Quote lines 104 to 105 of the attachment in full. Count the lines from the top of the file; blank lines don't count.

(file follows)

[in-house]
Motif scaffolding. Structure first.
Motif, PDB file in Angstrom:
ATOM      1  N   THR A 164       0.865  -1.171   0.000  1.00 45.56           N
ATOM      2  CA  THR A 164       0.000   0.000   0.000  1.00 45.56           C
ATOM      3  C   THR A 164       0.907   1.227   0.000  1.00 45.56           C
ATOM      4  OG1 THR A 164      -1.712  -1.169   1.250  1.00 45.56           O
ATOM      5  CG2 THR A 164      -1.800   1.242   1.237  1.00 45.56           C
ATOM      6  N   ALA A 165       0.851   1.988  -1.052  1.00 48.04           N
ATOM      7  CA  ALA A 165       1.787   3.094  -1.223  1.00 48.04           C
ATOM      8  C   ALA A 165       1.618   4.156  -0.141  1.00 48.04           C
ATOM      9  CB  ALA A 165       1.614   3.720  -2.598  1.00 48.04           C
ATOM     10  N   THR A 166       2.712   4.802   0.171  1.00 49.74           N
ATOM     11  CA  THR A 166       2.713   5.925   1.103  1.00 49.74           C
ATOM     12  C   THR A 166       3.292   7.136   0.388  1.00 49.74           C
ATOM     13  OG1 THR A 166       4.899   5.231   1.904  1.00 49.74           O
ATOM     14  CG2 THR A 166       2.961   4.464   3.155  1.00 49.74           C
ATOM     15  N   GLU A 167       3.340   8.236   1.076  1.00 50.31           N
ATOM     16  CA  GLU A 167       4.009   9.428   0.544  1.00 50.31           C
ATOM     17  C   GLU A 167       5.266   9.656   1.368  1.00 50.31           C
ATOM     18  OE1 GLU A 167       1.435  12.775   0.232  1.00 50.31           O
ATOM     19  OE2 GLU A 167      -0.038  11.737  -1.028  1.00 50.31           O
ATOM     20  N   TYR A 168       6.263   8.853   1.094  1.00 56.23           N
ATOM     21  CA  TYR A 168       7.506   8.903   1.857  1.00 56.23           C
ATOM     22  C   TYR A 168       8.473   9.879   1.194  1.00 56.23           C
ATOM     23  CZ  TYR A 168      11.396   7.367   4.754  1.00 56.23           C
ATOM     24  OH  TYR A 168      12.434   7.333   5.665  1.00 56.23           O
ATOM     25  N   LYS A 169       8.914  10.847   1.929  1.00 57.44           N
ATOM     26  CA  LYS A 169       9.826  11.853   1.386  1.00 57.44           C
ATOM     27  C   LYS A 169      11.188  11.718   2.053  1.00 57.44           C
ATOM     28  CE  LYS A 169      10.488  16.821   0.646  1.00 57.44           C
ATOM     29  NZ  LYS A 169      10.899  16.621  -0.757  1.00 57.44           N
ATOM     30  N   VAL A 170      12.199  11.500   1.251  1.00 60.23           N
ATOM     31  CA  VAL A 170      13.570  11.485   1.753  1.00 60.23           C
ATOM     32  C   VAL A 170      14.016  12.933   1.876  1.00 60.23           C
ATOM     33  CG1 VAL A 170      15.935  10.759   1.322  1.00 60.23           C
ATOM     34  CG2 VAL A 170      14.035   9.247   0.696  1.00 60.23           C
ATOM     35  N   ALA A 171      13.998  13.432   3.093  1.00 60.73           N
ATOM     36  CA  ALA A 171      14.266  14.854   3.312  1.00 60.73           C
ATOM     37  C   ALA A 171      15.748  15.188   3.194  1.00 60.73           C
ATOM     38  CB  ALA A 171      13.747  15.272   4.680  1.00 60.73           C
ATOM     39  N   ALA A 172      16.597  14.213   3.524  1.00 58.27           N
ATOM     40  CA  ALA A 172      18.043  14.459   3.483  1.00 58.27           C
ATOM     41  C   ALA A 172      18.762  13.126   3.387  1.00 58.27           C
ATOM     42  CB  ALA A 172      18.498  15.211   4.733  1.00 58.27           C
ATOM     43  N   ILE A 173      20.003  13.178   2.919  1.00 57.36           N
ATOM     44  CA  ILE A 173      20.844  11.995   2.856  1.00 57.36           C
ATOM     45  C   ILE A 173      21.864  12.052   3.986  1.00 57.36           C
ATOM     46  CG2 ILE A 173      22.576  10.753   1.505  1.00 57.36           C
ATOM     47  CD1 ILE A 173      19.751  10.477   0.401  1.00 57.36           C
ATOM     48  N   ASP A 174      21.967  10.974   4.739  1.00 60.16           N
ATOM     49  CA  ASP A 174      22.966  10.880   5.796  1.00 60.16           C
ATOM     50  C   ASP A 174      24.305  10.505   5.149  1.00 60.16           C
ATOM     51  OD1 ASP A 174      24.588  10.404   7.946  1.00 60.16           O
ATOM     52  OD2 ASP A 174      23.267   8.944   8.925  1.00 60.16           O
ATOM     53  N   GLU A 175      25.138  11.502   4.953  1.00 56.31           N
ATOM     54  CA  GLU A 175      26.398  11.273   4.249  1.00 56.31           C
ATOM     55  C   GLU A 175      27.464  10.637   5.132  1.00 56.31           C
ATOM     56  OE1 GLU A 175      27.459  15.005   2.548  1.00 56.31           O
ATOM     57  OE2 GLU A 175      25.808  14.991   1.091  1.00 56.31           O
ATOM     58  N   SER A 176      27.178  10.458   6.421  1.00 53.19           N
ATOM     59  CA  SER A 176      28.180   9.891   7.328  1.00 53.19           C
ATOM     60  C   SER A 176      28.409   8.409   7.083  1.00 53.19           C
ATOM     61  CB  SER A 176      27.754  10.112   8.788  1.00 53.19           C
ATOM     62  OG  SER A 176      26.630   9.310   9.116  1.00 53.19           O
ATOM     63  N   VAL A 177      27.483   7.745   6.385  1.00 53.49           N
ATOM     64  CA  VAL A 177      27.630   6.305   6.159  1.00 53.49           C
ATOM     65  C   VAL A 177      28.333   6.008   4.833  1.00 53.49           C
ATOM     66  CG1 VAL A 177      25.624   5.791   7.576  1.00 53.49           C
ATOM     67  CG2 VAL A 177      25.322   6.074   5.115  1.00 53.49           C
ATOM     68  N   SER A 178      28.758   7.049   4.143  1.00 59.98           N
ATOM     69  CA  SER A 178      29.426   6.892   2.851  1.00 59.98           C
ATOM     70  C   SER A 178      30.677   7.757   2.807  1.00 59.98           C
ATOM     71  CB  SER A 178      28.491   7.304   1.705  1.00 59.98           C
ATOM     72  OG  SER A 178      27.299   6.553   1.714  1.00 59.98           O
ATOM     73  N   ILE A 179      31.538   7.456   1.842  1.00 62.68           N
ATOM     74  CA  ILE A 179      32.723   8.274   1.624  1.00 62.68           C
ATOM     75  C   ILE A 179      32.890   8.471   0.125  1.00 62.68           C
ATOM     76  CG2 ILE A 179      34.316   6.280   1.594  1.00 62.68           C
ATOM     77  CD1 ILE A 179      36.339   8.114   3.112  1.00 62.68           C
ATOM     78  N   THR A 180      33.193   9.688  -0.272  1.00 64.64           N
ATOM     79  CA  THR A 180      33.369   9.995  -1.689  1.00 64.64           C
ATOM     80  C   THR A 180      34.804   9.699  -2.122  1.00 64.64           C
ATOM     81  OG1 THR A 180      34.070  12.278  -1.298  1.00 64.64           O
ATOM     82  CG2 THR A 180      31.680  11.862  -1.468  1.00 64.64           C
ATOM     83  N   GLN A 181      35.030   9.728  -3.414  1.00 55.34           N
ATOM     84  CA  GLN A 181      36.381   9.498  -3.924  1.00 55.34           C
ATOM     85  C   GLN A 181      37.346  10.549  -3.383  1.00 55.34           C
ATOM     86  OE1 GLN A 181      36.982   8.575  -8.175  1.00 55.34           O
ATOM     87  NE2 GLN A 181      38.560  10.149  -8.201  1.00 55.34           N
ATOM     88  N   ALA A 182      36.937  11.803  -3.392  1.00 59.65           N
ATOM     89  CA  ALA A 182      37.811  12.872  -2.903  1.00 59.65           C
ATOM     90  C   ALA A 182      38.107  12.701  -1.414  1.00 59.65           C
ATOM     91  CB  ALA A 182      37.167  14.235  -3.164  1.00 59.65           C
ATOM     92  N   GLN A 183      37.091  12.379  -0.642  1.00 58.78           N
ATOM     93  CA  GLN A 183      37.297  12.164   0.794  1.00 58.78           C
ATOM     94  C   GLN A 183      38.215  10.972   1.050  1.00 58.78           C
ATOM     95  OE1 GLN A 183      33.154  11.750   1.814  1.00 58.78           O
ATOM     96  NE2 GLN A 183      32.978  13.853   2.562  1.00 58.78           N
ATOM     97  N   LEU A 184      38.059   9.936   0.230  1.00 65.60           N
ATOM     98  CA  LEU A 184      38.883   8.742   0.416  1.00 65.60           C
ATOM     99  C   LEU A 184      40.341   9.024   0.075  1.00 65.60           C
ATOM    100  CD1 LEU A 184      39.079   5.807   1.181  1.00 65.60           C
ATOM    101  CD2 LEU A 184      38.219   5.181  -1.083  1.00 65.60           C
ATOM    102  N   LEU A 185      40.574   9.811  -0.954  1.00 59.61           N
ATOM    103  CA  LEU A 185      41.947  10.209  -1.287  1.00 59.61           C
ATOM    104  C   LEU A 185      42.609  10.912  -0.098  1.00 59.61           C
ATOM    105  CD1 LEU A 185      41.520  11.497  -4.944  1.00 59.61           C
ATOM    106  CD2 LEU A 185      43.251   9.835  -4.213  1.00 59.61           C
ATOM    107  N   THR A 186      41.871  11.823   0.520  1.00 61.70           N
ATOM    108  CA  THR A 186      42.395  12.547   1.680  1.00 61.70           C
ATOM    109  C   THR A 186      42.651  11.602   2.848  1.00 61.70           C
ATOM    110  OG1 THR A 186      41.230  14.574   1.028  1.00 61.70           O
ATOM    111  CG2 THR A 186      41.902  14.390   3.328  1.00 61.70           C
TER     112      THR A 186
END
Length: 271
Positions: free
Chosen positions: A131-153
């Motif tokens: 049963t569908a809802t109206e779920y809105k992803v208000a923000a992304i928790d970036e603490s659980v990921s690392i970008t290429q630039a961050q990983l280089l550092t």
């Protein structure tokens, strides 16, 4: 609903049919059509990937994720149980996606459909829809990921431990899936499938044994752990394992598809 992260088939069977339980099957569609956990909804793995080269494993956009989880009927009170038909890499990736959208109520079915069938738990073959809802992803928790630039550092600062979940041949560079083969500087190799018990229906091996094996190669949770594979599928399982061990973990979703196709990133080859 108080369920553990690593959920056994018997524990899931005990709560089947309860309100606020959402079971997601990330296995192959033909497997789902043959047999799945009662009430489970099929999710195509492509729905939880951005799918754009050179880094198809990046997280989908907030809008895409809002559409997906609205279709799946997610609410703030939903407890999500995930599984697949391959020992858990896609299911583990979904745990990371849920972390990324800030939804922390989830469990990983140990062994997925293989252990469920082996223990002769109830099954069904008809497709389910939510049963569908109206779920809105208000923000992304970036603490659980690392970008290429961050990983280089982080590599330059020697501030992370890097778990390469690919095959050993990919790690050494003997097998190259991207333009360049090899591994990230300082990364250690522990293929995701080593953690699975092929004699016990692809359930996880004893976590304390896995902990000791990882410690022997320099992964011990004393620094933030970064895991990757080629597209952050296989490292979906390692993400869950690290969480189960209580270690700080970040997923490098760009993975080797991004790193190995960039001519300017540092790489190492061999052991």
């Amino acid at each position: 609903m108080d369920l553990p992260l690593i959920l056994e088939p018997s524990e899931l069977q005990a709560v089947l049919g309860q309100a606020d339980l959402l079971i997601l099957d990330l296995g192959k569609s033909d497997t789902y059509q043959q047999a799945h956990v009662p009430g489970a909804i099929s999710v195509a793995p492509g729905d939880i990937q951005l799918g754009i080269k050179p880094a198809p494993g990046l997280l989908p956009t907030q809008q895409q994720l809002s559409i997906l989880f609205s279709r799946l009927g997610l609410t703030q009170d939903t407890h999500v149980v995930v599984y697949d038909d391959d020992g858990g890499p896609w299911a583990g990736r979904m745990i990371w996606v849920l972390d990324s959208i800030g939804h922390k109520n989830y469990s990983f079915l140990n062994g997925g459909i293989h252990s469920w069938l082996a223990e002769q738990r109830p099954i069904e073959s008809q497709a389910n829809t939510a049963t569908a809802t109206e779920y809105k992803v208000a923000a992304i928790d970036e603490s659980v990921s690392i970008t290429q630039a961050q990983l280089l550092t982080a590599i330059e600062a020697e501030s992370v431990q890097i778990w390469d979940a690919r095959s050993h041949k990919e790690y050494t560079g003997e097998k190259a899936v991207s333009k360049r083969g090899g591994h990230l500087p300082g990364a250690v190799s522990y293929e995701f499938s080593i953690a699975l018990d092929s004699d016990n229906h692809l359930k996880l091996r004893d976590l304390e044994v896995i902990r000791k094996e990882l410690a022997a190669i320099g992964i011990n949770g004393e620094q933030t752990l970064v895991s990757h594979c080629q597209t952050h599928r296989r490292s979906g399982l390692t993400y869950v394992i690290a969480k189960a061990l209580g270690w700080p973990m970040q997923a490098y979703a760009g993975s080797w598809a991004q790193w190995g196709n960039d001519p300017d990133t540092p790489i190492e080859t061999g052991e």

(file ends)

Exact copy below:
ATOM    101  CD2 LEU A 184      38.219   5.181  -1.083  1.00 65.60           C
ATOM    102  N   LEU A 185      40.574   9.811  -0.954  1.00 59.61           N